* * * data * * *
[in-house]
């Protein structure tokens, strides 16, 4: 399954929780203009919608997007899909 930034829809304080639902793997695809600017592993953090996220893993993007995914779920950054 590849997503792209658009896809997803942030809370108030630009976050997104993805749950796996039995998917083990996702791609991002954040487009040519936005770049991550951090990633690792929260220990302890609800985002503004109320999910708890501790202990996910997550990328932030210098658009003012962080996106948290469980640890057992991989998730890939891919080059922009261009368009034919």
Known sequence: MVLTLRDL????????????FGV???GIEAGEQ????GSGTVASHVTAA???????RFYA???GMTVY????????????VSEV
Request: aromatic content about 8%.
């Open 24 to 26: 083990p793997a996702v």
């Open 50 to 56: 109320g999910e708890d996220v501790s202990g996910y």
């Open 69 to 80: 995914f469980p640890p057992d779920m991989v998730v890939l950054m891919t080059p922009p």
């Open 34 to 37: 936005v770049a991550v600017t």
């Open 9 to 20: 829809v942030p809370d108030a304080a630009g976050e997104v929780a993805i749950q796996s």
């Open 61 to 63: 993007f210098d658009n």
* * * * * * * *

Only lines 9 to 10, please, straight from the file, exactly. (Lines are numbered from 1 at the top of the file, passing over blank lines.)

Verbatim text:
């Open 9 to 20: 829809v942030p809370d108030a304080a630009g976050e997104v929780a993805i749950q796996s």
């Open 61 to 63: 993007f210098d658009n």